Parents will miss superintendent

Wednesday, March 17, 2010


EASTERN WAKE COUNTY - Some Eastern Wake leaders see turbulent times ahead without Dr. Del Burns at the helm of the Wake County Public Schools.
"It's just a shame that someone who has led such a good school system is not there to support the school system any longer," said Tami Sakiewicz, a member of Knightdale 100, a grassroots education lobby in Knightdale. "I just thought he had a good direction and did a good job. And I'm just worried about what the future holds without him being up there."

Sakiewicz also is the president of the Knightdale High School PTA.

Knightdale Mayor Russell Killen said Burns' crowning achievement was operating a school system on less and less dollars and maintaining excellence.

"Dr.Burns was superintendent during a time of unprecedented financial difficulties for the school system," he said. "He managed with continued decreasing funds without impairing the education of the children."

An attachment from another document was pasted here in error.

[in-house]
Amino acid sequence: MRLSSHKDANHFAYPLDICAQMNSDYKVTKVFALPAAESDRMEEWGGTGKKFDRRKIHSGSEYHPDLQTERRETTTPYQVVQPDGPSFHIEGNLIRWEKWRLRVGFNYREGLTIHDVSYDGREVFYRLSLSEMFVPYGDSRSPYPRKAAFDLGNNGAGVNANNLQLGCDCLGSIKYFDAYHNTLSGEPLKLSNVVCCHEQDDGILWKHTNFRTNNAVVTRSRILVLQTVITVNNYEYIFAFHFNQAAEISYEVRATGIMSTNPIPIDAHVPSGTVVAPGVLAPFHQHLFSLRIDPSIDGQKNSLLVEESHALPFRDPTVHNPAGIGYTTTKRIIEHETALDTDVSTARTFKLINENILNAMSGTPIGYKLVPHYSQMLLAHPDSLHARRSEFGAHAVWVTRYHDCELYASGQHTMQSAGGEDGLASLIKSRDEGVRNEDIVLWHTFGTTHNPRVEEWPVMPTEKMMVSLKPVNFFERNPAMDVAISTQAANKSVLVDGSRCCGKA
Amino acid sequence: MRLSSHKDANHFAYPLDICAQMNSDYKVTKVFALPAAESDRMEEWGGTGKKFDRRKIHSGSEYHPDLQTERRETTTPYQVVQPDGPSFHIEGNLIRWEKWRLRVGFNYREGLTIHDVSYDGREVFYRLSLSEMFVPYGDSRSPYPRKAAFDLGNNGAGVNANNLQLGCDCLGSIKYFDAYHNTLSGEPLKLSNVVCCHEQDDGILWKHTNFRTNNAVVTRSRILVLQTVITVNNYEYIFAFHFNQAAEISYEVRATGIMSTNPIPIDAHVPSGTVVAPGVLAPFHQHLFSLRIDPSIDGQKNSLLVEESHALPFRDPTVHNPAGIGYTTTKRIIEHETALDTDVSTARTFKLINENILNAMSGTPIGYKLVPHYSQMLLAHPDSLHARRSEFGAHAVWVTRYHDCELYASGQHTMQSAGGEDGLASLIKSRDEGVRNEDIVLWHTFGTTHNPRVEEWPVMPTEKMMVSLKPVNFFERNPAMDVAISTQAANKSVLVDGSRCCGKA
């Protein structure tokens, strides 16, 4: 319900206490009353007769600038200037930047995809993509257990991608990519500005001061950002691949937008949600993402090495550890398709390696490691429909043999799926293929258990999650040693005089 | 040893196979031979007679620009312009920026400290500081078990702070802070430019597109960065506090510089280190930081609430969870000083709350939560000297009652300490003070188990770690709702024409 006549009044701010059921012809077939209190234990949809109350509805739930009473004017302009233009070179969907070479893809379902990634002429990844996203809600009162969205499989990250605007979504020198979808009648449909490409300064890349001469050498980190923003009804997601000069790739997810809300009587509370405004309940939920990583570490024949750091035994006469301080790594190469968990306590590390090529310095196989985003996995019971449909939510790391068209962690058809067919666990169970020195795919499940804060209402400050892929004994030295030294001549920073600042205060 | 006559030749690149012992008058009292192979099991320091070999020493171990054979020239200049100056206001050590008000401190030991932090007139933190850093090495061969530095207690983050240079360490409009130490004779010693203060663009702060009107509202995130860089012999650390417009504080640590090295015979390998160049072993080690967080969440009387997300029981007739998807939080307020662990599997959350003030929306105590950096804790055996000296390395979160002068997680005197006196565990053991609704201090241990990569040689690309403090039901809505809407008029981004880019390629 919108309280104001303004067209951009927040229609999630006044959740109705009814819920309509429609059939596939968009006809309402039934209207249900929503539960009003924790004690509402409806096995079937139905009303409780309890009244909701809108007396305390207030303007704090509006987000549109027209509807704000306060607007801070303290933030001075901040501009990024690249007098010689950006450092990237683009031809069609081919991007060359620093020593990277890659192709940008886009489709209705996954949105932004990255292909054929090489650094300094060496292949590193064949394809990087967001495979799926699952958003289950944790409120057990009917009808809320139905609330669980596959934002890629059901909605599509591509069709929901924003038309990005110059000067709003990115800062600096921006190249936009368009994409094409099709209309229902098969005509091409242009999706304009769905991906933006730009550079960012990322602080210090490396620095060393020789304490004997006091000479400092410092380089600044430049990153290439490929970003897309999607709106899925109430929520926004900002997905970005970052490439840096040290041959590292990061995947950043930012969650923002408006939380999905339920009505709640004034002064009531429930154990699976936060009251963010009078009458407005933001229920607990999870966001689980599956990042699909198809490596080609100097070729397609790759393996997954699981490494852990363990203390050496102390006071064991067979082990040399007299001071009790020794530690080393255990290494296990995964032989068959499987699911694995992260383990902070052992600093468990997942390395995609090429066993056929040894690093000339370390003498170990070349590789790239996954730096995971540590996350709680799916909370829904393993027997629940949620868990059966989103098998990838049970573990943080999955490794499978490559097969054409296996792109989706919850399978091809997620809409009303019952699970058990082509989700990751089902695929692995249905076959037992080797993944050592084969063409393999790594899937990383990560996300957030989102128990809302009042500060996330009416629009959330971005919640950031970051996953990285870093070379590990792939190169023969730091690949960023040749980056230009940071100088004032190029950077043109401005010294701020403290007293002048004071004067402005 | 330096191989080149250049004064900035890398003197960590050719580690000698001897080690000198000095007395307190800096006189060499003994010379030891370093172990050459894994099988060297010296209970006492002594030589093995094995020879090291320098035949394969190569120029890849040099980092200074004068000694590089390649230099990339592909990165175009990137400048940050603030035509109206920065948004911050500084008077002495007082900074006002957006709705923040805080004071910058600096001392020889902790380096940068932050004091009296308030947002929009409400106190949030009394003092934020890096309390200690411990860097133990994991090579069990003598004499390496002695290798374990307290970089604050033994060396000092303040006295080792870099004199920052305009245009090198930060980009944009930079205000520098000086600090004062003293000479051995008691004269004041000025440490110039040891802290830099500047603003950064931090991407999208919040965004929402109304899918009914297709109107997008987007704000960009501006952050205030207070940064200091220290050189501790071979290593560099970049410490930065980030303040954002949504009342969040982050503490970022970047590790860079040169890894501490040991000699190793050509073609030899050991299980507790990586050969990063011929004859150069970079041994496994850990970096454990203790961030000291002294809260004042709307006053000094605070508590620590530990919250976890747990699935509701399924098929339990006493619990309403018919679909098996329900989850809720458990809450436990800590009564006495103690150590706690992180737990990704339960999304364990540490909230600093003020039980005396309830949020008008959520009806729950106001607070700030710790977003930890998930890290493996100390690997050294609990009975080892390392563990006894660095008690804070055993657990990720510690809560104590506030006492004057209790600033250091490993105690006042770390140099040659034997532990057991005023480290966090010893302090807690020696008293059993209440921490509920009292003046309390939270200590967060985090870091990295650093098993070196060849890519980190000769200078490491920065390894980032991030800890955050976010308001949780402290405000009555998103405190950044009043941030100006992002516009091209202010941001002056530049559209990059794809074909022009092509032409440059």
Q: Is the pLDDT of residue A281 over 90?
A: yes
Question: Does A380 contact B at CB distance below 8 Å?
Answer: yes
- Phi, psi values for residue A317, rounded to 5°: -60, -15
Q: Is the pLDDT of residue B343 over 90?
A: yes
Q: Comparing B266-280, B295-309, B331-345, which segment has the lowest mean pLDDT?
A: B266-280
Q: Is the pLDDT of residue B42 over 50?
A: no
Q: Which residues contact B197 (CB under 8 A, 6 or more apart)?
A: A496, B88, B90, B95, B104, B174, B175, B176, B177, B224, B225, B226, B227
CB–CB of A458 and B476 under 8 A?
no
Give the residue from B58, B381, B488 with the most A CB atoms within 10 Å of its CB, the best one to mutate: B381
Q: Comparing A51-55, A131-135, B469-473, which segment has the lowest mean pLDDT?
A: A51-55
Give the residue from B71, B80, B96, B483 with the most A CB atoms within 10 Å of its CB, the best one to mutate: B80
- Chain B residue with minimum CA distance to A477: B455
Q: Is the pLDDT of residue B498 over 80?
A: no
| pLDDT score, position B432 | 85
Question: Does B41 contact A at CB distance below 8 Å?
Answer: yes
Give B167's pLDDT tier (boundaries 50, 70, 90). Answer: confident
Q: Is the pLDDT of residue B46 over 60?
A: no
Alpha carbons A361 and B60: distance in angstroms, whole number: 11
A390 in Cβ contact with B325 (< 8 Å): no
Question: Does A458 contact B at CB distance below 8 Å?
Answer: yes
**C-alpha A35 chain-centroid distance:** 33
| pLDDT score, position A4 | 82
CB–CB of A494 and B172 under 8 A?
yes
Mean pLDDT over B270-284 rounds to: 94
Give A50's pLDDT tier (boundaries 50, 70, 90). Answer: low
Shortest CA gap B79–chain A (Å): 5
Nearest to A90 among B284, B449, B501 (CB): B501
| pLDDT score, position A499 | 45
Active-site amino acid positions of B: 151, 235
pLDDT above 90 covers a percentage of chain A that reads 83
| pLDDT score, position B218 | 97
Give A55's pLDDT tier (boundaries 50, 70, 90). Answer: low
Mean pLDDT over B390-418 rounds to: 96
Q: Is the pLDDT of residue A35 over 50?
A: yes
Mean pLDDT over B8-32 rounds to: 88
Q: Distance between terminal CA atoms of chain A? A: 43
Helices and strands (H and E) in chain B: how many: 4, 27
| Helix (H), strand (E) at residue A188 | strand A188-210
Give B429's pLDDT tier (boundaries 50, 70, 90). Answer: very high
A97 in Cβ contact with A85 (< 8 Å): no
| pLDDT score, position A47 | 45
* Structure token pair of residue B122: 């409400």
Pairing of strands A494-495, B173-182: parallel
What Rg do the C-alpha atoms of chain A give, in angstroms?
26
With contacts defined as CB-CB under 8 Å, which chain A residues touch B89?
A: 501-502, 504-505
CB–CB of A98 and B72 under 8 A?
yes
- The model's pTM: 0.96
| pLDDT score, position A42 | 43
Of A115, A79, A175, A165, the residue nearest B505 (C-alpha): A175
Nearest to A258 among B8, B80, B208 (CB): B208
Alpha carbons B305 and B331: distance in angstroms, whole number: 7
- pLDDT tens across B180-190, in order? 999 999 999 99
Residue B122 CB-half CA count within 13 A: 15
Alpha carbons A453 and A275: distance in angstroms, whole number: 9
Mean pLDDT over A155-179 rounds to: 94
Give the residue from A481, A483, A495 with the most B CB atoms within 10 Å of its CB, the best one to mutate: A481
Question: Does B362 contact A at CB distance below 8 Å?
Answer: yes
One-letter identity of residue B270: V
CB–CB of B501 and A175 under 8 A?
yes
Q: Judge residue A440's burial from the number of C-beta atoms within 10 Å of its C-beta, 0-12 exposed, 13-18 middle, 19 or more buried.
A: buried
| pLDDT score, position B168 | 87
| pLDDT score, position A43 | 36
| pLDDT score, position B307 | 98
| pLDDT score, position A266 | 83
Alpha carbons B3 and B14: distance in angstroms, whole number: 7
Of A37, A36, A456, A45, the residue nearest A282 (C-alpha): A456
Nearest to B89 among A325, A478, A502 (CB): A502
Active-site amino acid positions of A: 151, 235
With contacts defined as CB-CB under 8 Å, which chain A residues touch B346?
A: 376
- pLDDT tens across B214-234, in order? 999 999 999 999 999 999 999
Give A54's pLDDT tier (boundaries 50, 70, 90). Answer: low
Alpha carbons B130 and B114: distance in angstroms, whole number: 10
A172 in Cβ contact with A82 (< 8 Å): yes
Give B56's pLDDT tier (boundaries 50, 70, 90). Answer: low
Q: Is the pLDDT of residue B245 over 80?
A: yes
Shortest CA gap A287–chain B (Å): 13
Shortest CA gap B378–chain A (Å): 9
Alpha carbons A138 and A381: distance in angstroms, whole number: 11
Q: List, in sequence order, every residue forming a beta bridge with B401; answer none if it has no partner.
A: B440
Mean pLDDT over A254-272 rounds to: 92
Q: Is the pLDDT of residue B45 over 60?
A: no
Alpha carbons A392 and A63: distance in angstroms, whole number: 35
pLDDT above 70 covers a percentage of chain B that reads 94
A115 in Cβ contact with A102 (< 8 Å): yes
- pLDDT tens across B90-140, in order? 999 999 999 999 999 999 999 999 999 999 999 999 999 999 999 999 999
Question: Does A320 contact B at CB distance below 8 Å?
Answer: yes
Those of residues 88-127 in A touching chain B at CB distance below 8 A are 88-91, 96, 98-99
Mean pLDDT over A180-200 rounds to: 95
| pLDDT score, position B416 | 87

Tina Lynn, president of the PTA at East Wake High's School of Technology, said she liked Burns because he cared for all Wake County students, rich or poor. "He's been good to care about the students who receive free to reduced lunch," she said. "I was disappointed when I heard he resigned because I'm wondering what direction we're getting ready to go with our schools."

"I think parents need to step up and get involved in what's going on in their schools," she said. "Parents have got to be there."

Knightdale High School guidance counselor Jackie Arnold said Burns' departure is just one more change for the school system, but she hopes that students will still be well-served.

"I think we were all kind of a little surprised," said Arnold. "I guess there's just a lot of uncertainty along with his departure and the new school board.

"As far, as how it will affect me, I'm still doing the same job, and I will still continue to do the same job and just hope everything works out best for the students," she said. "Every year it seems like we face another adjustment. I guess this is bigger than a budget crunch which we face every year."


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